There’s nothing quite like doing a short stretch in prison…to sharpen one’s desire to give thanks.
Regular readers will know, of course, that I did my time by choice this past weekend, as leader of the Kairos Prison Ministry event at Menard Correctional Center.
I find I’m thankful for many, many things…in connection with those four blessed days of Menard #15.
At the top of the list: They let me out! I got to go home on Sunday evening, into the loving arms of my wife…and back into the incredibly generous Christian community that had showered our retreat with prayers, financial support, and cookies. LOTS and lots of cookies…about 21,600 cookies in all!
I’m grateful, too, for the remarkably munificent men who served on team. Forty of us actually went in…but in total, 46 otherwise-busy guys invested significant amounts of time and energy in formation over the past four months…only to have an October lockdown prevent some of them from being able to serve on our originally scheduled dates.
I’m grateful for the “strange blessing” of a six-inch snowstorm on the day we were set to begin. It made travel a nightmare for most of us, who live an hour-and-a-half away (on a good day) from the prison. The snow disrupted our plans for Thursday: We got to set up for the retreat, but weren’t allowed to meet our Participants until the next morning.
That made for some frantic times for the leaders…as we dove in on Friday morning to wrestle with what seemed like hundreds of nerve-wracking adjustments and decisions. Among our challenges? Trying to squeeze an extra three hours of “Thursday” programming into our allotted time with the Participants on Friday.
Looking back, I’m thankful that somehow the Holy Spirit found a way to turn our “Kronos” problem into a remarkable experience of “Kairos” time. We did, in fact, manage to catch up by day’s end — every talk, meditation, prayer, and meal…accomplished as scheduled (revised)!
Menard’s Chaplains, security staff and administration also gave us many reasons to be grateful. They worked hard to keep us safe…and to keep the Kairos Weekend on track…despite rumblings and troubles elsewhere in the compound. The easy decision would have been to turn our team away at the front gate, but they chose “difficult” instead…and thereby contributed mightily to the blessing God provided for the residents we served on the Weekend.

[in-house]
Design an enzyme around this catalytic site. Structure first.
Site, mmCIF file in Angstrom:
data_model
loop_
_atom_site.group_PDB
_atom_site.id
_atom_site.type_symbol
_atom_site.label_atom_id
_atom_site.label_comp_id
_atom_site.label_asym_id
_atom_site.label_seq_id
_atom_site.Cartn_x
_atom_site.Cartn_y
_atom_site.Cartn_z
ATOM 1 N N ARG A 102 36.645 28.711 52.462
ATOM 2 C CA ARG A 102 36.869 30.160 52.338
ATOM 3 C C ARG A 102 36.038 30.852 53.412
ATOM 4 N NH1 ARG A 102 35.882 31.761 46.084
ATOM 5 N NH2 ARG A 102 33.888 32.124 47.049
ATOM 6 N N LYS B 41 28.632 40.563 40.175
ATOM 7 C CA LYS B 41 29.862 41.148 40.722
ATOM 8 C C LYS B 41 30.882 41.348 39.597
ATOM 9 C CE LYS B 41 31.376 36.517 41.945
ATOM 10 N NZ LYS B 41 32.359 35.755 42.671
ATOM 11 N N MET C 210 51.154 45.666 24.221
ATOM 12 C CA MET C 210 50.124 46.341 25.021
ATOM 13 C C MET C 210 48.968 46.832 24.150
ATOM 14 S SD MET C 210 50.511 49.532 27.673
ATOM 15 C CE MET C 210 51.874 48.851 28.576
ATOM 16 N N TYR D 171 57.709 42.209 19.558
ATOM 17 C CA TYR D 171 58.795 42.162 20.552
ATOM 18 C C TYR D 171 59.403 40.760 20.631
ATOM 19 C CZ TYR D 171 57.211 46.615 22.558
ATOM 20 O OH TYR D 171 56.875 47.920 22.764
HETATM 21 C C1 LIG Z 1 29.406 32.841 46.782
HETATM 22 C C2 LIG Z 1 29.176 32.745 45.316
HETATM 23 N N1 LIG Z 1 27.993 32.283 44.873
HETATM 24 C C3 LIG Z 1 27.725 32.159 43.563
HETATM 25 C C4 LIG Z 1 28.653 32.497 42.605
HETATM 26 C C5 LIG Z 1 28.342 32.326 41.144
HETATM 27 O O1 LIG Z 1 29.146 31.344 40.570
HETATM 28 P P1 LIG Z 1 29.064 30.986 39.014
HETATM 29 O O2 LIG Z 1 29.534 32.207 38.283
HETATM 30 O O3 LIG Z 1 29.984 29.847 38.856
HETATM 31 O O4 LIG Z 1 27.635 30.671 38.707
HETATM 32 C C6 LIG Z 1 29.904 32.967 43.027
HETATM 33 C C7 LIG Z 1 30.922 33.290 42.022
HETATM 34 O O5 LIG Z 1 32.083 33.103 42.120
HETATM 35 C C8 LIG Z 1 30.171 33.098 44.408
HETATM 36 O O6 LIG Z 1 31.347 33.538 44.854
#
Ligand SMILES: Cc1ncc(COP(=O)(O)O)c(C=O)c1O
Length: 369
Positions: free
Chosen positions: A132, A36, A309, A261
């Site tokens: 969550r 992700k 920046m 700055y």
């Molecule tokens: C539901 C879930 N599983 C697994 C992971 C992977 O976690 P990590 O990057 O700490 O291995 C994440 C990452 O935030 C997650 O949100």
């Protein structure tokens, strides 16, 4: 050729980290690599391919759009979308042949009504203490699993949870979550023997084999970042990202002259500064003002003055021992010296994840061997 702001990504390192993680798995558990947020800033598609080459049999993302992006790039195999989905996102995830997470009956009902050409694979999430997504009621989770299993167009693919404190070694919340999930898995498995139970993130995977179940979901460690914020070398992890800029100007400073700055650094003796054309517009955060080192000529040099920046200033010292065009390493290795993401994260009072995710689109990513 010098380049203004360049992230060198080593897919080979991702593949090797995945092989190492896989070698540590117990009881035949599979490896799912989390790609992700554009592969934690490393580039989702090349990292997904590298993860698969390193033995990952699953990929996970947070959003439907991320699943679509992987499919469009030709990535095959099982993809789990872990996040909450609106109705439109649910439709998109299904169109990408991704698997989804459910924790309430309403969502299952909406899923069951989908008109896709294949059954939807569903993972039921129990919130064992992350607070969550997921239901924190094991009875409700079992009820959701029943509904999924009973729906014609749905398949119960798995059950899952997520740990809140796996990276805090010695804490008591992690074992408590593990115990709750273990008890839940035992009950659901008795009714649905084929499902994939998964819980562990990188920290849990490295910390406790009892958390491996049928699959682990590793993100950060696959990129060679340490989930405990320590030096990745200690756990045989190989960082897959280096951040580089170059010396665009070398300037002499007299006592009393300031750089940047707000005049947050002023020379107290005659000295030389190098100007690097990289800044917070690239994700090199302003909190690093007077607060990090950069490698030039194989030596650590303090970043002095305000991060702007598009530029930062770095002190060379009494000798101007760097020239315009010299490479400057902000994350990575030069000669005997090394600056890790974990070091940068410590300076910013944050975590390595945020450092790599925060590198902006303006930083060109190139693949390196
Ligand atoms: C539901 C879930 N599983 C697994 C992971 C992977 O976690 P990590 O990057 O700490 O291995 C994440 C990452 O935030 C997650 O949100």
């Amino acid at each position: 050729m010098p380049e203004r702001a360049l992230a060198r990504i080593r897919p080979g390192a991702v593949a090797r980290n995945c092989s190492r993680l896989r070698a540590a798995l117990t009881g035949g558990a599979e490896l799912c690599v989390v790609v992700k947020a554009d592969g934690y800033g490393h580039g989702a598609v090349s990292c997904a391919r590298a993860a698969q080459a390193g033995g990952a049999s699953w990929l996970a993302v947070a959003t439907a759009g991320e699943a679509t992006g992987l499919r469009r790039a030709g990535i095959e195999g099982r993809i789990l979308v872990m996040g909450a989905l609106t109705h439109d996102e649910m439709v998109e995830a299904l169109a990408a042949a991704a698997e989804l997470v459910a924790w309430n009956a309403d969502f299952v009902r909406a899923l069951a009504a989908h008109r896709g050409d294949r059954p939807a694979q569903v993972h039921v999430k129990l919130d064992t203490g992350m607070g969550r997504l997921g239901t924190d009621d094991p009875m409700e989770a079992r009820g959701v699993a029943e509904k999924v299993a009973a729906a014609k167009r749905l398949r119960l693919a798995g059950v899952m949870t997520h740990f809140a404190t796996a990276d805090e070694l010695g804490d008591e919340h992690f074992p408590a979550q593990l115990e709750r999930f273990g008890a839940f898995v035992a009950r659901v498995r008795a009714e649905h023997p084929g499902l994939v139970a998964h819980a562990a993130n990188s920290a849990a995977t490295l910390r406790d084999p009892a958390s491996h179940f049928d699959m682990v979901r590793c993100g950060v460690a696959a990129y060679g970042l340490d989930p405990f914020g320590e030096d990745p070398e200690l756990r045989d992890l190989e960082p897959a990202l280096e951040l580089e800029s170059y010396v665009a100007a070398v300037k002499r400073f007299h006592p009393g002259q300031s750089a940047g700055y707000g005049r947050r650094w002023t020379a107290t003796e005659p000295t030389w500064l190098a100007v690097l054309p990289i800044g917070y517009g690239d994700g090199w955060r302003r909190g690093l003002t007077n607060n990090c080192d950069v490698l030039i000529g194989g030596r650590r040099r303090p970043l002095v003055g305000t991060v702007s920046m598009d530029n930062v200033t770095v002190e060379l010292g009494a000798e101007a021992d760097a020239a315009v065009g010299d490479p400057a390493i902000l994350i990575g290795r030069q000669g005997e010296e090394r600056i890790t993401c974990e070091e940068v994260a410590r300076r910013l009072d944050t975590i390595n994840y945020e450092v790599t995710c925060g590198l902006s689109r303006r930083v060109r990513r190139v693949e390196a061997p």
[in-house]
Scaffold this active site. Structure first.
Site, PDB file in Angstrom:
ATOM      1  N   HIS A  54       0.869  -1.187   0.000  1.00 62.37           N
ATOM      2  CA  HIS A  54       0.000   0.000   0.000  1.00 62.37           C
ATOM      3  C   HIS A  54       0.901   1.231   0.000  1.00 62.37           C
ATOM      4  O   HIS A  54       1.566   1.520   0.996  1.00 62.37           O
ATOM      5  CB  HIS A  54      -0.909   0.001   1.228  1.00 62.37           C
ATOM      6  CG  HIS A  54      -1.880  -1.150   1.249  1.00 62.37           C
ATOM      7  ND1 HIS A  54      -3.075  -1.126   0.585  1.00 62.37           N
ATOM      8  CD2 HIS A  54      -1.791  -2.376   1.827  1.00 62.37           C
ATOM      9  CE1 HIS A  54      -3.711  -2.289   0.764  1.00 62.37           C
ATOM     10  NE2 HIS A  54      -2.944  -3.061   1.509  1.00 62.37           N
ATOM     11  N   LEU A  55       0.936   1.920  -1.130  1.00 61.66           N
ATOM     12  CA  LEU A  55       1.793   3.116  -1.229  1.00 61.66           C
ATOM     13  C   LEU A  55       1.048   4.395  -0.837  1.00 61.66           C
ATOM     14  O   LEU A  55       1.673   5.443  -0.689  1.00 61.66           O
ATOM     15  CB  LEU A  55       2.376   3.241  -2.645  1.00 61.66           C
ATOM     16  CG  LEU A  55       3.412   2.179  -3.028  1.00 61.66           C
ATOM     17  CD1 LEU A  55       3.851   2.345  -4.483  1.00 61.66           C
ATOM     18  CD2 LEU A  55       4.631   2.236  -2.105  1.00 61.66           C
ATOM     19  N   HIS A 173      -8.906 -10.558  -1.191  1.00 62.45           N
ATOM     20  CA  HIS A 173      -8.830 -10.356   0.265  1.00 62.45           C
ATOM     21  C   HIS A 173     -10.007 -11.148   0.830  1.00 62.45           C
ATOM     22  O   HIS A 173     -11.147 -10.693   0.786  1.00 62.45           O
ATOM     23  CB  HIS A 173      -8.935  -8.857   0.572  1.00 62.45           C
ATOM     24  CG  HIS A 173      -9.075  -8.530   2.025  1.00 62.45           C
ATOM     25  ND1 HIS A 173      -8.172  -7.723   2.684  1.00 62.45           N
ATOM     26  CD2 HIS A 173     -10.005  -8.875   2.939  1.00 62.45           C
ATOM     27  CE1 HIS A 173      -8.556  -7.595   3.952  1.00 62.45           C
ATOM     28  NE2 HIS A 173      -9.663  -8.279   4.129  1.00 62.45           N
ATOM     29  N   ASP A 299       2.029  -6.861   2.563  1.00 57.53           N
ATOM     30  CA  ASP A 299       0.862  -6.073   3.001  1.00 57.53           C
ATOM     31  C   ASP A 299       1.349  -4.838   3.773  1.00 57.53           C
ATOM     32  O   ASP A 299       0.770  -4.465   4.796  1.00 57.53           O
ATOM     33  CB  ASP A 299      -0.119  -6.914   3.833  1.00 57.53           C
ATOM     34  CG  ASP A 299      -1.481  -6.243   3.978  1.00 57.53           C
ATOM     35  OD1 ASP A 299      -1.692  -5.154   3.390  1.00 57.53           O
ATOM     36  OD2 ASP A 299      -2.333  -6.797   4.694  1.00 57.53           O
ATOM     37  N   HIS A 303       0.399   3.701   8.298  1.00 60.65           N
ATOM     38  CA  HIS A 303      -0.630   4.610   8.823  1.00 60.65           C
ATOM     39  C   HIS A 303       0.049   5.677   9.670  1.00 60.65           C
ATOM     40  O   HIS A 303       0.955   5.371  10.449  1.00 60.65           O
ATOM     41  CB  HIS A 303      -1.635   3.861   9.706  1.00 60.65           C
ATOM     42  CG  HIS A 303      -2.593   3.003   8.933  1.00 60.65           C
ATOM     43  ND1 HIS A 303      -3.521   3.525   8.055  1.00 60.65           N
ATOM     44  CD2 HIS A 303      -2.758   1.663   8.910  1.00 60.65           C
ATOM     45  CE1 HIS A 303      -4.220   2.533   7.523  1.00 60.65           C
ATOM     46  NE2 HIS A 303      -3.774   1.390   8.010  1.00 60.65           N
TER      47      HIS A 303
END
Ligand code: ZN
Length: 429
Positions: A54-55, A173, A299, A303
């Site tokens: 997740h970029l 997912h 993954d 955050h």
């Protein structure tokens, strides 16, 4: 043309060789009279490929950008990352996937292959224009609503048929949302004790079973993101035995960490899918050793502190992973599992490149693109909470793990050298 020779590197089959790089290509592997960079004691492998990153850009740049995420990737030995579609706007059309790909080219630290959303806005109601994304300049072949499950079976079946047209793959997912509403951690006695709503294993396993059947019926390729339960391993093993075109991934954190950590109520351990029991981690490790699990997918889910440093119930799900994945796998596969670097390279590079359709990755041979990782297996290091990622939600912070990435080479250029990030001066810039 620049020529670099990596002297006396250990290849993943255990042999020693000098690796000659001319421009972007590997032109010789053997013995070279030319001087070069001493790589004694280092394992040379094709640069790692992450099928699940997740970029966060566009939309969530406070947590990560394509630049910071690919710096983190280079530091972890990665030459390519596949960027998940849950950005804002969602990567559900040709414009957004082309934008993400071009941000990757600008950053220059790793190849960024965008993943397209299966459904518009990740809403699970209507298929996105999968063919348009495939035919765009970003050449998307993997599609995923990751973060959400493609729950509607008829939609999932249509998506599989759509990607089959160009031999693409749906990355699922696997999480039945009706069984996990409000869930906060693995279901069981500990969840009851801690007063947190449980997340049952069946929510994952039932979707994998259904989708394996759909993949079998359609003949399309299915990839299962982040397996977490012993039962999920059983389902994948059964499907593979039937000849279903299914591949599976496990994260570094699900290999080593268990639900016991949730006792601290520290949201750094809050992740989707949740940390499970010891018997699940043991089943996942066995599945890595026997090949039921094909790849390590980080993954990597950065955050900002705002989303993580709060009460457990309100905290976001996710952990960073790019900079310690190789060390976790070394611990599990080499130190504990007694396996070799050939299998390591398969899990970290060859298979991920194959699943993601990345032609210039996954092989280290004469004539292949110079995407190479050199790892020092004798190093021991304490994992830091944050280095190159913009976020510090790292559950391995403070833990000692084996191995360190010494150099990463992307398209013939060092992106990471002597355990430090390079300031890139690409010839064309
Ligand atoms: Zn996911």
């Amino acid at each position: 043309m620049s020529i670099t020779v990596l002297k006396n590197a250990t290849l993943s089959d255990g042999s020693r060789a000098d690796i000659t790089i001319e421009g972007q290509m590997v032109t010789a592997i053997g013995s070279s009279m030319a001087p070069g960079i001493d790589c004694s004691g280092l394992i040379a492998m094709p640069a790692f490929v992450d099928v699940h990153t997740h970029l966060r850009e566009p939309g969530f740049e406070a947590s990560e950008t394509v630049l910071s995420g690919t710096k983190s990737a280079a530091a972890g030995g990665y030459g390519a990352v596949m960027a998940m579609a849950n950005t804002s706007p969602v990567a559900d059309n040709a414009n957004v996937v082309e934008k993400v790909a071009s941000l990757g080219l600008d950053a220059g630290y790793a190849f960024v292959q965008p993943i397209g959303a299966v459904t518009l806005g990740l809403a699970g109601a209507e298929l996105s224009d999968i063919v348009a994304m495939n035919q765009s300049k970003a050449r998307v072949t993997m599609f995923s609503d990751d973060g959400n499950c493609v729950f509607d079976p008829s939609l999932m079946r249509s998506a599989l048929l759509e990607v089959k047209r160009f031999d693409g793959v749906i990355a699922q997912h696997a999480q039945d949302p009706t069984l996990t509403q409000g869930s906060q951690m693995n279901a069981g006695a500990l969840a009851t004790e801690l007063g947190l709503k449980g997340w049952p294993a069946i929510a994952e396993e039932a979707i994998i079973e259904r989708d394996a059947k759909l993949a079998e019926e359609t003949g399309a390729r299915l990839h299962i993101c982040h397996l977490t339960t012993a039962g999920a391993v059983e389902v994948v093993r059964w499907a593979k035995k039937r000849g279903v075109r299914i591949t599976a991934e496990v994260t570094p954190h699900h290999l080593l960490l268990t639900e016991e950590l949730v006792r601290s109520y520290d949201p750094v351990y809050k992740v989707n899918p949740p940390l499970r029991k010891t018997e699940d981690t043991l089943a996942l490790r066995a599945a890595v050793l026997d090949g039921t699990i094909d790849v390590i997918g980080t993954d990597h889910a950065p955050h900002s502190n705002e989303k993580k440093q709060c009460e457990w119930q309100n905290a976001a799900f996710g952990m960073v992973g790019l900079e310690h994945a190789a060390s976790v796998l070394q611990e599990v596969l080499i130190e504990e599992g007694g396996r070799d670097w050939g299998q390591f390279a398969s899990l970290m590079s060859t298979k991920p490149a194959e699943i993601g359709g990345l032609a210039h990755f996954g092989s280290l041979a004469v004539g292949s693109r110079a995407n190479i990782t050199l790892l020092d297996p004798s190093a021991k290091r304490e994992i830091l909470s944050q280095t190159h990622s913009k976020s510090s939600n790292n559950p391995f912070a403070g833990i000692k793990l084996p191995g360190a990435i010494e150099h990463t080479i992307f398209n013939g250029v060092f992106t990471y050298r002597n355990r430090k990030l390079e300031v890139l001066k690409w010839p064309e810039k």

Speaking of residents: I’m so grateful to have met them, and to have had a chance to hear their stories.
Every one of them has a story, I’ve learned. In some cases, you wind up thinking, “That story is BS!” Still, it costs me little to listen. “Listen-Listen-Love-Love.” It’s the theme of every Kairos Weekend. And I can’t help but wonder how much the outside world would change – how it could be transformed – if we each managed to apply this precept to our everyday discourse.
The stories that blessed me the most, however, were the ones that gave me perspective on just how rich I am. Richly loved. Always have been. Every moment of my life. I’ve always been awash in love…from my parents, my siblings, my extended family…my wife, and children (+spouses) and grandchildren…my friends…my Christian community…my clients and co-workers.
It’s not my intent to brag. It’s actually humbling to consider how much I am loved…because I am so very much inclined to take it all for granted.
Spend a little time with prison inmates, though, and you get to see the world through a different set of eyes. My cornucopia stands in stark contrast to the arid environment in which many of them grew up. One told me, this past Weekend, about the aunt (his last living relative) who wished he was dead. “The State should have killed you,” she said to him. “You’re a disgrace.”
Having met this man, Ron, I have come to see a different truth: He is not a disgrace. He’s actually somewhat charming and funny. He’s made some extremely bad choices. He’s wreaked havoc in other people’s lives. I see all that about Ron, too. But I am thankful that I had a chance to hear more of Ron’s story…because it changes my heart. As I began to see life through his eyes, I realized he’d never had access to the kind of love that I am able to take for granted.
Without love, his life hurtled (perhaps inevitably) toward destruction. I grieve for those he harmed along the way. I grieve for his aunt, who still holds Ron in unforgiveness.
And, on this day of Thanksgiving, I choose to light one small candle in my corner of the world – pleading for mercy to grow in our hearts.
Allow mercy to flow. Let it root out the spirit of vengeance and judgmentalism. Open your eyes, and see the love you have in your life. Be grateful for it.
Be grateful for the cornucopia…and we may just find that we have love enough to share.
Let us pause now…to recall that we are in the presence of the Holy & Merciful One.